Frank Minton, Ph.D., Vice-Chair, American Council on Gift Annuities
October 2005 |
Planned giving programs at colleges and universities, as well as at other charitable institutions, often provide a number of giving vehicles to their alumni and other donors. Gifts are generally categorized by their timing, either present gifts or deferred gifts. Deferred gifts are becoming more popular as individuals live longer and want to make sure they don’t outlive their assets. Although bequests (provisions in wills and in living trusts) constitute the greatest volume of deferred gifts, life income gifts are a significant and growing component. In recent years, gift annuities have emerged as the most popular form of life income vehicle through charities. As a brief description, a gift annuity is a contract under which a charity, in return for a transfer of cash or other property, agrees to pay a fixed sum of money for a period measured by one or two lives.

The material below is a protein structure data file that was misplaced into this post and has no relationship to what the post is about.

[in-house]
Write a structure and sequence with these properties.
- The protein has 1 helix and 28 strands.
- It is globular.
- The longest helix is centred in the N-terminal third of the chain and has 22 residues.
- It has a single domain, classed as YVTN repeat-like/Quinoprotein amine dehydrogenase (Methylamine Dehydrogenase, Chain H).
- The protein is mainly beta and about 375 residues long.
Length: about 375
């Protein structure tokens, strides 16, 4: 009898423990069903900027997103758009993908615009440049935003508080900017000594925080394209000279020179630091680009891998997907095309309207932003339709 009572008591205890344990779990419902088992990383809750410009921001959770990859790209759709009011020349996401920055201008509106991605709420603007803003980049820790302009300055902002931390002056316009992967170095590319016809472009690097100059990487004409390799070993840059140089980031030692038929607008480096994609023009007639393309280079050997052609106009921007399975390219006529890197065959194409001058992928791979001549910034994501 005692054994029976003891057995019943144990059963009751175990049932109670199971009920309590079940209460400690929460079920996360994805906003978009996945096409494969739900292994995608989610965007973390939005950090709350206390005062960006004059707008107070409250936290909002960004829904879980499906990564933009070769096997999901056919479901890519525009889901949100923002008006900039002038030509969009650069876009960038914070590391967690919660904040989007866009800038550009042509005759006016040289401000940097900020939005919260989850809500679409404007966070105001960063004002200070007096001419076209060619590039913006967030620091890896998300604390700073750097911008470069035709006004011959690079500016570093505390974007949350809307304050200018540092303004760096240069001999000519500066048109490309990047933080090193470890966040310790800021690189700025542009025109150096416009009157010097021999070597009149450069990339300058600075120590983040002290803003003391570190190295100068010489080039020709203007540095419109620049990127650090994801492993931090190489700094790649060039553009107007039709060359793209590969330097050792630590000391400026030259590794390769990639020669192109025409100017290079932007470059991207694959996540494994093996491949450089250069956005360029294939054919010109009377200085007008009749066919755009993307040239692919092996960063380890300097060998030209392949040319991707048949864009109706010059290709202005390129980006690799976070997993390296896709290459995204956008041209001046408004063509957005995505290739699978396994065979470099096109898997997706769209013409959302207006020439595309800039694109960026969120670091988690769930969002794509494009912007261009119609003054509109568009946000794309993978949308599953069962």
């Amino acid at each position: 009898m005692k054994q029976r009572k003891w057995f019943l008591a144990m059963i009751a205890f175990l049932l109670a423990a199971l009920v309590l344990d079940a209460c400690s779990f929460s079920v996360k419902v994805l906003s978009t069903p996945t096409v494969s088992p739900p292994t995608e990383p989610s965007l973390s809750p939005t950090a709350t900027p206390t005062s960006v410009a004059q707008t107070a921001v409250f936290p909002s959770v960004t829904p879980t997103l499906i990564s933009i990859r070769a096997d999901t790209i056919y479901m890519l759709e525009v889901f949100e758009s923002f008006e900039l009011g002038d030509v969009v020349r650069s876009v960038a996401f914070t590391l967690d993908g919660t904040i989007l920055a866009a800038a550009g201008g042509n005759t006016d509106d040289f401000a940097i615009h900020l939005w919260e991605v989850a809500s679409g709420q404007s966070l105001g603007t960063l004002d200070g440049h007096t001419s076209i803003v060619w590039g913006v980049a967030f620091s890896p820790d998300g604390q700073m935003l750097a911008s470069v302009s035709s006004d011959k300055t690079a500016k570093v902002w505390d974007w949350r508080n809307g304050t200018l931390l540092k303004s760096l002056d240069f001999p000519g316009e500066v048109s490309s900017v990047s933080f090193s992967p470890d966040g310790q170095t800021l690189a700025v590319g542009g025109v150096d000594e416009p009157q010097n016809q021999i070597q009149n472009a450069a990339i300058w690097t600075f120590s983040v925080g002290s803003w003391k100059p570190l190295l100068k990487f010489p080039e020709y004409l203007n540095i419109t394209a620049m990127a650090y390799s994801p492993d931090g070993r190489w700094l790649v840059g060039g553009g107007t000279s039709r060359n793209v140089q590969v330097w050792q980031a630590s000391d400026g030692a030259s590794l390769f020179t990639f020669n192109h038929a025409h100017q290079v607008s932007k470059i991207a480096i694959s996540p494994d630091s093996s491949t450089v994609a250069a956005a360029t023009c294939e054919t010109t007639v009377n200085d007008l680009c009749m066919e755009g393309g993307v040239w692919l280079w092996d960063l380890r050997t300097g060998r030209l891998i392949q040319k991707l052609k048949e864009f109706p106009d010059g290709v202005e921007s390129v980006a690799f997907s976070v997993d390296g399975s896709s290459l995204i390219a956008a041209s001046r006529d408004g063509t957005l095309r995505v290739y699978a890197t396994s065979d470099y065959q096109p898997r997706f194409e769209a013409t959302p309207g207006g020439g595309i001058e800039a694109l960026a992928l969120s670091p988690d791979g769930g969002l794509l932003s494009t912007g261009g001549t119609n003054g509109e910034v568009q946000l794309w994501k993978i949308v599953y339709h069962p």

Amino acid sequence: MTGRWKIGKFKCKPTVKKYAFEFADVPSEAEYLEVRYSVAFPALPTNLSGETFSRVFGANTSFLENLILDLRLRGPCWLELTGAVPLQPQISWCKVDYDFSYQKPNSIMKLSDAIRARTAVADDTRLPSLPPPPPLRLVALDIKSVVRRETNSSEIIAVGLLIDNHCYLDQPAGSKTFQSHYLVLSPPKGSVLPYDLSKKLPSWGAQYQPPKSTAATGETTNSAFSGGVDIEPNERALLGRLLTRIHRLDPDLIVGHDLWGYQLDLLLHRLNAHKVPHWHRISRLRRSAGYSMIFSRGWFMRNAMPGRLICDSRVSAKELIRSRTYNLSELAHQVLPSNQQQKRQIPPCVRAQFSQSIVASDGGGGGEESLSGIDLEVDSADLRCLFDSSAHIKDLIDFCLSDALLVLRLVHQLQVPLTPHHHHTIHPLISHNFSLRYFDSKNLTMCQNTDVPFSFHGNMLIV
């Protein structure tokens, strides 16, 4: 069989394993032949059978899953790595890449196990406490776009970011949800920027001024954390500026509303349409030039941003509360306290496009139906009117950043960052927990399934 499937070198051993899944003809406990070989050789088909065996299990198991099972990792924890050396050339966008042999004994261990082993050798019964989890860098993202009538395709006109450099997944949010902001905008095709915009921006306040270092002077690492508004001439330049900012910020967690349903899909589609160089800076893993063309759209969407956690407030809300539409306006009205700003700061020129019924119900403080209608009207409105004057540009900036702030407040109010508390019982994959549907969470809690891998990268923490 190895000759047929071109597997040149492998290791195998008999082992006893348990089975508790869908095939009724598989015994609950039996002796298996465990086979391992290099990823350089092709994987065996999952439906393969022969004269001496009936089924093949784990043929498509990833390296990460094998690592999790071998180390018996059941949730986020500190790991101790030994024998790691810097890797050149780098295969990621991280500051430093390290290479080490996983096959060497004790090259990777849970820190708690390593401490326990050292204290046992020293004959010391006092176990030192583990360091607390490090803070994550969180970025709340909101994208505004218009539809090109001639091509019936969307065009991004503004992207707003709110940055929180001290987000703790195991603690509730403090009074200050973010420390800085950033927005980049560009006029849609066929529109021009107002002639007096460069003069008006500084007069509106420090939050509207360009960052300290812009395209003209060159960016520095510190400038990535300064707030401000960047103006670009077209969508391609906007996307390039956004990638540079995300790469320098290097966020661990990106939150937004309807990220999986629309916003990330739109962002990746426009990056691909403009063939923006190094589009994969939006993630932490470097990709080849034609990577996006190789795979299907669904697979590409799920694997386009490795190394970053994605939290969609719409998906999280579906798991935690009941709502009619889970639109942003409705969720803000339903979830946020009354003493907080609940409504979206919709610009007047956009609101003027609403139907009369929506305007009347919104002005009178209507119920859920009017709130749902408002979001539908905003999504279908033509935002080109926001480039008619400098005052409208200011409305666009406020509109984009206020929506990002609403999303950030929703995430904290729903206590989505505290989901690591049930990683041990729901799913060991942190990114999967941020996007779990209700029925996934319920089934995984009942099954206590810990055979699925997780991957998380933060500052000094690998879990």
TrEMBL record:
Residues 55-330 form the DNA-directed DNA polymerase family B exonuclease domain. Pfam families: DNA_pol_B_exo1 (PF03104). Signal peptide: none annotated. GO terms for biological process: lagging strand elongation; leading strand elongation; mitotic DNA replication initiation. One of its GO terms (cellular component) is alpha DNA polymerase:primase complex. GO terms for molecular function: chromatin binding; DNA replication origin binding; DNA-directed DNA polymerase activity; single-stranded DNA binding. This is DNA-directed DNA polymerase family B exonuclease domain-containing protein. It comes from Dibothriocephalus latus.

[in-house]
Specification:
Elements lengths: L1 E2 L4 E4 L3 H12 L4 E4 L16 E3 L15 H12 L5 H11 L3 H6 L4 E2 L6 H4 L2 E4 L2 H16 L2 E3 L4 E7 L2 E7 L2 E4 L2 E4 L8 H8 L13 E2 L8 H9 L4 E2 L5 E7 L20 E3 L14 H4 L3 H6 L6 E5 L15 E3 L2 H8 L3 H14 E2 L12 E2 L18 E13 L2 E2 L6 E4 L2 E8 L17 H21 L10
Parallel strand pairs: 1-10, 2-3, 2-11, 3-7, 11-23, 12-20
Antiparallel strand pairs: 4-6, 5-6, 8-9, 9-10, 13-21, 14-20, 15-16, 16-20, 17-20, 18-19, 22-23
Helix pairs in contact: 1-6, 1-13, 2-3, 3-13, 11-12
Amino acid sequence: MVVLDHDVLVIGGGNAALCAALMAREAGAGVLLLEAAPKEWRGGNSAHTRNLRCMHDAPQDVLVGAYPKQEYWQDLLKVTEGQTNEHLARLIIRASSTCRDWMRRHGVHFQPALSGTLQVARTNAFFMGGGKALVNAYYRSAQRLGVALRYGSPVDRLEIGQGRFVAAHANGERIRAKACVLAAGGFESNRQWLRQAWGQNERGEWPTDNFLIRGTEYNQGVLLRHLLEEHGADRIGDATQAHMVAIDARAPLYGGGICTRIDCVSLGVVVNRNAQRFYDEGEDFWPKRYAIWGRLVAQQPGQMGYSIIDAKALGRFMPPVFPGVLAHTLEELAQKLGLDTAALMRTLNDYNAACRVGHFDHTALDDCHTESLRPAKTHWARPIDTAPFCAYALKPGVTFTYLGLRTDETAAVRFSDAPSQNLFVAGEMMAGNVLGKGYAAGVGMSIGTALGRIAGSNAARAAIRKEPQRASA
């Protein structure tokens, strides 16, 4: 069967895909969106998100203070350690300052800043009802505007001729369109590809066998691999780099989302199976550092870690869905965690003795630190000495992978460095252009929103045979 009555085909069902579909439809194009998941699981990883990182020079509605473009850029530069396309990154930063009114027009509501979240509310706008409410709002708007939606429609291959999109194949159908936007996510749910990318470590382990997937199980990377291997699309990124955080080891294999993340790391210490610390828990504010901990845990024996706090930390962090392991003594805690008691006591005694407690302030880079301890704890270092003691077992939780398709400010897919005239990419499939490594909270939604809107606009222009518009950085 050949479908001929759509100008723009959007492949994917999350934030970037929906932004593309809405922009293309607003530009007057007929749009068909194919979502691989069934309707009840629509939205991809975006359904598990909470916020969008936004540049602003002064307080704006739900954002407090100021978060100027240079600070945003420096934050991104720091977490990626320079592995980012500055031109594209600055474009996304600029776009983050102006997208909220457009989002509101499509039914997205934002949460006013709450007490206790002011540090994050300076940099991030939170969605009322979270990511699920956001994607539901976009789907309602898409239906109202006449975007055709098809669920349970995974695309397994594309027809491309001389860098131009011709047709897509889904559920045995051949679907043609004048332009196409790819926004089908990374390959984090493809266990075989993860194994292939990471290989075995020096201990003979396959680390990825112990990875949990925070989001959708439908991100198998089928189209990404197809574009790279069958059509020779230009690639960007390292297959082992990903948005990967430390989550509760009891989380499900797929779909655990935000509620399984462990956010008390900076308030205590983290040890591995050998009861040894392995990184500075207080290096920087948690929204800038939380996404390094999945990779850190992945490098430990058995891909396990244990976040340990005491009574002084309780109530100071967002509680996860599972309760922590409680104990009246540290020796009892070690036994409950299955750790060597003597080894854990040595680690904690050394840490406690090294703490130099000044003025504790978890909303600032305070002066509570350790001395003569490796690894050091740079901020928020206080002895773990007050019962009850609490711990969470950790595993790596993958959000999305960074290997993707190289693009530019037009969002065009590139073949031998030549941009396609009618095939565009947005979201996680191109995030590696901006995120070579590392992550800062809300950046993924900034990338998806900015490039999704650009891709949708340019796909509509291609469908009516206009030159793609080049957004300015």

Colleges and universities are appropriate institutions for offering gift annuities since many of their donors are older and would be interested in life income. They also are perceived as enduring institutions and normally have sufficient endowments and reserves to reassure donors who might be apprehensive about the safety of a gift annuity. Not surprisingly, colleges account for a large share of gift annuities, and alumni have come to expect their alma maters to offer this giving option.
This issue of Trends and Issues describes how a gift annuity accomplishes a donor’s objective of making a gift to his or her college/university endowment (or other charity), while gaining important tax advantages and the security of lifetime income. Comparisons between gift annuities and other types of life income vehicles are also provided, as well as some examples of gift annuity scenarios.